Enveloping

    This schema is all about wrapping things up. You may see them wrapping themselves in a blanket, wanting to put items in boxes, or swaddling their baby doll.

    Ways to support this schema: Give them plenty of blankets, pillows, silks, boxes, and anything else that allows them to cover and uncover themselves or their toys. Things like nesting bowls are also good for this schema.

    Enclosing

    This is similar to enveloping but more about creating a boundary. So for example, children working in this schema will create forts or make a fence for their farm animals. This schema is about containment.

    Ways to support this schema: Give children items to use to build forts (we love the Nugget®), large boxes, blocks that can be used to create a fence or boundary in some way.

    Rotation

    This schema involves anything that goes in a circular motion and can rotate. Things like wheels, washing machines, merry-go-rounds, and spinning around in circles are all a part of the rotation schema.

    Ways to support this schema: Provide your child with plenty of opportunities to play with streamers, spinning tops, and toys that have wheels. Household items like screwdrivers and nuts and bolts are also good for encouraging this schema.

    If you’re looking for more information about the importance of play and tips to reorganize your playroom check out my e-book: Simply Play: Everything You Need To Know About The Most Important Part of Childhood which you can buy here for only $4.99.

    If you like this post and want to read more like it then check out these articles:The Power of Play

    The Ever Growing Importance of Outdoor Play.

    Toy for Toddlers: Encouraging Active Play

    100 Simple Things to do Outside with Your Kids

    What is Montessori–Understanding this Early Childhood Education Philosophy

    Reggio Emilia — A Child Centered Learning Approach

    What is Waldorf — A Spotlight on Waldorf Education

    Read More

  • 100 Positive Things Parents are Experiencing Right Now

    Right now our world is filled with news about a virus spiraling out of control. Whole cities shutting down. Families being quarantined. Schools, businesses, restaurants and parks closing indefinitely. It’s a horribly stressful time for everyone.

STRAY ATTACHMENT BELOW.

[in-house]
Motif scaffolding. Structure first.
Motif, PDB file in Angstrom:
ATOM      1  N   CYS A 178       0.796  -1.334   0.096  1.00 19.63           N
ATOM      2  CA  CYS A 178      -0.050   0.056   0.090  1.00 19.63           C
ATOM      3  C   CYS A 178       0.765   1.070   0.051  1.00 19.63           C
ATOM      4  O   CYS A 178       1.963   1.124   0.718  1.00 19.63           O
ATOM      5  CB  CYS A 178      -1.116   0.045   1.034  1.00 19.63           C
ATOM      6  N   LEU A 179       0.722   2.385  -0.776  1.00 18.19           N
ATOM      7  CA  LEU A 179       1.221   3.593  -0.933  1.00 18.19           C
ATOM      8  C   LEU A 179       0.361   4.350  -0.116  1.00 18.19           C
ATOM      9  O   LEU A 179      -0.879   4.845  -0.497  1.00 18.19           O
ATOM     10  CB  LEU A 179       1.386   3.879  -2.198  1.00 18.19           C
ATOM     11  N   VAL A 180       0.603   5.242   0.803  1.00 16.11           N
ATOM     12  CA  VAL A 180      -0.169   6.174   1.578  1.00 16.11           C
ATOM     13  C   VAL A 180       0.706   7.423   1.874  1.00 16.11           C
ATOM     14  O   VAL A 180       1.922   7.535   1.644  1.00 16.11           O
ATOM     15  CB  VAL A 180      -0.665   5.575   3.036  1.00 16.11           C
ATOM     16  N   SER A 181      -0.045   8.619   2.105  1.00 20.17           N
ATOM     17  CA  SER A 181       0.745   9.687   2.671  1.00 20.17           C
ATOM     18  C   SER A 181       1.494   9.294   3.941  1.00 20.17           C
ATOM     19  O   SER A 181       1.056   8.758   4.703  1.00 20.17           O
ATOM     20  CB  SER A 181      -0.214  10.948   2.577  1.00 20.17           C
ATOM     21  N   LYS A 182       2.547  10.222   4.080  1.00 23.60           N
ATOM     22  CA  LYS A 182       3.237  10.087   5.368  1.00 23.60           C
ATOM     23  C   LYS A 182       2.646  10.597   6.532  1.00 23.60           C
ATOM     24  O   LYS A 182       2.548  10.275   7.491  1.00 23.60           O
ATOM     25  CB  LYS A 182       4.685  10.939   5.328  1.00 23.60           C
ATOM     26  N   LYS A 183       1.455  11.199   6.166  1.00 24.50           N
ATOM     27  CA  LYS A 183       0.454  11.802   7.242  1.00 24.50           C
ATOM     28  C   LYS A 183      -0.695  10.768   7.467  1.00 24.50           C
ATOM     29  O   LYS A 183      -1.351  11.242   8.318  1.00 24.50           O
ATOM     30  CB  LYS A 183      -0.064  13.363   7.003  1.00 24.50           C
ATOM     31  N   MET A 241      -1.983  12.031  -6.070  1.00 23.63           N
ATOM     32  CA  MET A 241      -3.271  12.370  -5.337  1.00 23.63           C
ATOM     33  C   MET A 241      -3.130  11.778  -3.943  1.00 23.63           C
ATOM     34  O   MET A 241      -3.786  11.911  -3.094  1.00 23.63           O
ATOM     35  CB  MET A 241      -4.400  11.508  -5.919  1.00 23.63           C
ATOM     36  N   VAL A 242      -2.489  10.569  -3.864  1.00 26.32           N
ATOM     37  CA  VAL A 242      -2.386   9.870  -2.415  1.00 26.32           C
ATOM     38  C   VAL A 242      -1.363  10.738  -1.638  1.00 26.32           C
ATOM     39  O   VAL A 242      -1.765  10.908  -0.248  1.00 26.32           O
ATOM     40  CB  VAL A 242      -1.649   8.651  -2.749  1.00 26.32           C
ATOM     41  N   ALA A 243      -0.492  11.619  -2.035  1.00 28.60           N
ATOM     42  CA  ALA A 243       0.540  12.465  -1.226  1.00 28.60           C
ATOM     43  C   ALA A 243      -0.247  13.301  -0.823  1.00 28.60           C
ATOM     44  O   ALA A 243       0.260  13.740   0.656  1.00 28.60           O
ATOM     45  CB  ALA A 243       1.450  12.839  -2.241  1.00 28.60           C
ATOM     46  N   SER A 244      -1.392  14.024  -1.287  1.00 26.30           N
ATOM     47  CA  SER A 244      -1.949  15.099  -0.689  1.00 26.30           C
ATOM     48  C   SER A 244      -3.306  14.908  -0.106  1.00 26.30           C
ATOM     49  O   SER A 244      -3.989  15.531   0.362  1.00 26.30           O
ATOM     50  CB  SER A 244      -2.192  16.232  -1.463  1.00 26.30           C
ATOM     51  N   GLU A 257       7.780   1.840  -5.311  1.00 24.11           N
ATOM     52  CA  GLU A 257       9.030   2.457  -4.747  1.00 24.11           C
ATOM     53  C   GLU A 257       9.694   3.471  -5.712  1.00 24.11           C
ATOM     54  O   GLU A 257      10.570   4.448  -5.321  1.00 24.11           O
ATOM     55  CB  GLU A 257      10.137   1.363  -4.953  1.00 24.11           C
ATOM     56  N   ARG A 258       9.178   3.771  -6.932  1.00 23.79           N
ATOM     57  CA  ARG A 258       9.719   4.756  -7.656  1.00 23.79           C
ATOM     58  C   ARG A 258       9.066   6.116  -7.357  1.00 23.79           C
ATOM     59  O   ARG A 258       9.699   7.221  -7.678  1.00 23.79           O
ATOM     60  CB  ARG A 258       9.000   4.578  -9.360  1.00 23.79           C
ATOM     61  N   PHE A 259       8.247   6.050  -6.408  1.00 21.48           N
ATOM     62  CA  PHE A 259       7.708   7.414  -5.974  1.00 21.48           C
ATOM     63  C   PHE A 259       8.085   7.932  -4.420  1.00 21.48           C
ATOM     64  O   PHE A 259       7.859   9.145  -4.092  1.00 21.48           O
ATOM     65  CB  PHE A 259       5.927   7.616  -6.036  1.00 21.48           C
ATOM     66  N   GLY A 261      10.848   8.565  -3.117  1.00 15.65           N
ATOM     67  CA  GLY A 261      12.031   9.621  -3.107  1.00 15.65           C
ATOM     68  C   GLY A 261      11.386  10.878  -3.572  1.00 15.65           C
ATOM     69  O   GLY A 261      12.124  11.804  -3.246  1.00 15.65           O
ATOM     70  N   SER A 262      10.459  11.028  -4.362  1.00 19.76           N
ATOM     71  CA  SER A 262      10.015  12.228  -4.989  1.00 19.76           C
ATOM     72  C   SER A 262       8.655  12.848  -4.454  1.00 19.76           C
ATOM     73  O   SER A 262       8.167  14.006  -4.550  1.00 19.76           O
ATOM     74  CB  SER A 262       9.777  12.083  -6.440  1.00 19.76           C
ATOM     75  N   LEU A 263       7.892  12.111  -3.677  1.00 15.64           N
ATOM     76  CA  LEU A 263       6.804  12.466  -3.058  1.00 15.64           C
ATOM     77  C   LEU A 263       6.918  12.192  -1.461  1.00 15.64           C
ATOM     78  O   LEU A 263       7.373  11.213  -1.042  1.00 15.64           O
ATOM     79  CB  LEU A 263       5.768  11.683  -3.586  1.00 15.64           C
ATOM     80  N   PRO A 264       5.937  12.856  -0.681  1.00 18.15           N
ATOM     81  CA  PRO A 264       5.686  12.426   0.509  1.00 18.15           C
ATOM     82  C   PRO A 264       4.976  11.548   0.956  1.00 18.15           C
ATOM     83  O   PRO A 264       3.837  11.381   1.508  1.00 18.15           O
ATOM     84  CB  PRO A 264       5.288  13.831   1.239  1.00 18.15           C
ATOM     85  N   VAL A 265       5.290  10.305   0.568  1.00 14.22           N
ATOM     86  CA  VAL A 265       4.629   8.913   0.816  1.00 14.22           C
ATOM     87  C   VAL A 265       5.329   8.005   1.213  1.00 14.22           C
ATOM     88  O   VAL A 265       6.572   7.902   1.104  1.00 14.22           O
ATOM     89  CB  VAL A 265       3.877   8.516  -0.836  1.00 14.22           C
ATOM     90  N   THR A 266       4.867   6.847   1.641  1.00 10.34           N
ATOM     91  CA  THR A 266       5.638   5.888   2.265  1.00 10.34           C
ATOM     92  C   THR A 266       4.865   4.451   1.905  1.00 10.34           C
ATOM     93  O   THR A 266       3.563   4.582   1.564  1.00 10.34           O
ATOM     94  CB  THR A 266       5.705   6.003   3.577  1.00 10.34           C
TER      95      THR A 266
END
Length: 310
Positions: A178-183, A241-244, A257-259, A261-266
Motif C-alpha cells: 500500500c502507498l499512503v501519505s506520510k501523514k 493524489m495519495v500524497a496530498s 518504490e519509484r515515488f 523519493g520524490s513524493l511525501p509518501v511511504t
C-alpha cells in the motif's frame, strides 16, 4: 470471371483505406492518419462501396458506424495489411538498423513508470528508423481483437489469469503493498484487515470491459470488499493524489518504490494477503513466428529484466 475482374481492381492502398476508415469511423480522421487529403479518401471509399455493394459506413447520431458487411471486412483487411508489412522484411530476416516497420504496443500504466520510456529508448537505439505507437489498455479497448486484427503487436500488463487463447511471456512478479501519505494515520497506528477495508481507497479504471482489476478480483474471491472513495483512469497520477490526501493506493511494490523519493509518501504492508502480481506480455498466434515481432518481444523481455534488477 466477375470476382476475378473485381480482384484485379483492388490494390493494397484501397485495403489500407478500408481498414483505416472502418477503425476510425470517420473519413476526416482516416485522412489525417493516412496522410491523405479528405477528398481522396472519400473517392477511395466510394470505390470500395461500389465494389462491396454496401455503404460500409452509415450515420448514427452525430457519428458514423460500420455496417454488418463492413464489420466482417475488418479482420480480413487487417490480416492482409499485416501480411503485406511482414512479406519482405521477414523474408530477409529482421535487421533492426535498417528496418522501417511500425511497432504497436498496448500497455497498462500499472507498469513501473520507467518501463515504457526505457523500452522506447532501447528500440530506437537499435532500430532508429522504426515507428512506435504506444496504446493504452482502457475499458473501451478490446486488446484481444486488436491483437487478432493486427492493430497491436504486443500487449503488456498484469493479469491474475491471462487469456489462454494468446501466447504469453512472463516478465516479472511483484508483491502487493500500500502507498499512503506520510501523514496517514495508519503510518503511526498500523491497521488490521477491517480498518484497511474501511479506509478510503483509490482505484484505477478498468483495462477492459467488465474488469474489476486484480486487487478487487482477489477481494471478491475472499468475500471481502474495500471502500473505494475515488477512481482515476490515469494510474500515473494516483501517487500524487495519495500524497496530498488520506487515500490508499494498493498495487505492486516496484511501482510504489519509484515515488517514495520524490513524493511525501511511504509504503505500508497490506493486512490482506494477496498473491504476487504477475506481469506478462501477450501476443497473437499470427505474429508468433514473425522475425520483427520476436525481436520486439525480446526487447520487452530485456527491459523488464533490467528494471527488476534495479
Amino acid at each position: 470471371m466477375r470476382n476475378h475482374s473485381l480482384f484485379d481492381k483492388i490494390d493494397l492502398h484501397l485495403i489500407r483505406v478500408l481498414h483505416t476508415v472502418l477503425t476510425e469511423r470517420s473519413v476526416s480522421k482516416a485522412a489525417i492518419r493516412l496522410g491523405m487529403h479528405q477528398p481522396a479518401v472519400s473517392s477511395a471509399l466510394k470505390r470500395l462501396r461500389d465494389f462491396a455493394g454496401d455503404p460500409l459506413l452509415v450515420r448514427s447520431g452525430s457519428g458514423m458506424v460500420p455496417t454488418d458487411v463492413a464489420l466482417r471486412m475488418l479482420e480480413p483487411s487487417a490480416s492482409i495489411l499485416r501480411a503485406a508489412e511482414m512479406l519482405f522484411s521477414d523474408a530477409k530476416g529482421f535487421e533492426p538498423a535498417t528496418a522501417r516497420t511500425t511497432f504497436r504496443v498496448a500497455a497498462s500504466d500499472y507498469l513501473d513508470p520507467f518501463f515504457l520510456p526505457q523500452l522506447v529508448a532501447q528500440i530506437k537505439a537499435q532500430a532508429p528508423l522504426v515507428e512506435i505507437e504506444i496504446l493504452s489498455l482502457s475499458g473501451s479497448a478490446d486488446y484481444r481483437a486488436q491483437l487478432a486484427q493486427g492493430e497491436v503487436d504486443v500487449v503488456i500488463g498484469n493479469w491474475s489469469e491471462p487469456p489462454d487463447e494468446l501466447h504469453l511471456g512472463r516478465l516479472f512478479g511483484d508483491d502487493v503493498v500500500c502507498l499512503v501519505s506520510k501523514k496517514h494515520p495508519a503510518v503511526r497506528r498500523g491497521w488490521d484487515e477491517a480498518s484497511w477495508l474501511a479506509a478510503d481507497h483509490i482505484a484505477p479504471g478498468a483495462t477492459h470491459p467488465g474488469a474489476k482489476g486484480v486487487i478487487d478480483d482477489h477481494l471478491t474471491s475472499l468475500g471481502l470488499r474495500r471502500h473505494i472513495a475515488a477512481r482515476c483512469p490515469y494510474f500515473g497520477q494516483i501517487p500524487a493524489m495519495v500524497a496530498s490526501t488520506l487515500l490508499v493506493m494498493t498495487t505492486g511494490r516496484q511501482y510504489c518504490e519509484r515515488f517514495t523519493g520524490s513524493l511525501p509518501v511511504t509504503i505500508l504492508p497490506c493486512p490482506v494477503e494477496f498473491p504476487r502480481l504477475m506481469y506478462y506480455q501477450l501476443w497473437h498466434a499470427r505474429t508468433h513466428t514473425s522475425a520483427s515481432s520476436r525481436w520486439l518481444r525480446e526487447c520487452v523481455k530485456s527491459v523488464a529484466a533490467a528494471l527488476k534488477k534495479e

That said, it is in these times that it is the MOST important for us to look for the positives. There is always a silver lining.

    In just a few days, parents all over the country (and the world) have had their worlds turned upside down. Often having to work from home while also trying to continue their children’s learning.

    Read this list to see what parents have found to be unexpectedly amazing about having their family stuck at home.

    100 Positive Things Parents are Experiencing Right Now

    1. Discovering that your child has an incredible talent you never saw before.
    2. Being able to play with you kids during a lunch break.
    3. Drinking hot coffee with your significant other instead of in the car on the way to work.
    4. Being able to read your kids books before bed.
    5. Enjoying more meals together.
    6. Slow mornings that allow for a little reading, play or conversation before “going to work.”
    7. A longer shower.
    8. Comfortable clothes all day. Hello leggings!
    9. Learning new ways do elementary math.
    10. Introducing your kids to old movies.
    11. Reconnecting with nature, going on hikes, and bird watching.
    12. Teachers showing their ability to adapt.
    13. Parents showing their ability to lead their child’s education.
    14. Cancelling of standardized tests.
    15. Kids having time to engage in true play.
    16. More opportunities home cooking.
    17. Extra time with kids before they start formal schooling.
    18. Perfect time to potty train!
    19. Time for daily snuggles.
    20. Kids are able to sleep until their bodies are ready to wake up.
    21. Kids can slow down and enjoy breakfast and lunch.
    22. Watching your older children help support their younger siblings.
    23. Children making friends with kids around the country.
    24. Practicing language skills with children across the globe through online video chats.
    25. Grandparents tackling new technology to be able to see their grandkids.
    26. No alarms going off in the morning.
    27. Not having to pack lunches and snacks every morning.
    28. Being able to finally have a conversation with your teenager.
    29. Kids helping to cook and trying new foods while at home.
    30. Coming to the realization that your family is WAY over scheduled.
    31. Connecting with college aged friends and family to provide supplemental educational opportunities.
    32. Letting go of housework and reconnecting with family.
    33. Having extra time to learn new skills (riding a bike, knitting, gardening)
    34. Kids recognizing just how responsible and productive they are when they put their minds to something.
    35. Kids learning how to self-regulate their own schedules and take responsibility for their work.
    36. Having time to pursue passions outside of academic curriculum.
    37. Kids having ability to work on school work at their own pace without fear of judgement.
    38. Watching your kids take on projects just because they are interested in the topic.
    39. Being able to witness your child’s true ability shine through.
    40. Doing everything in pajamas.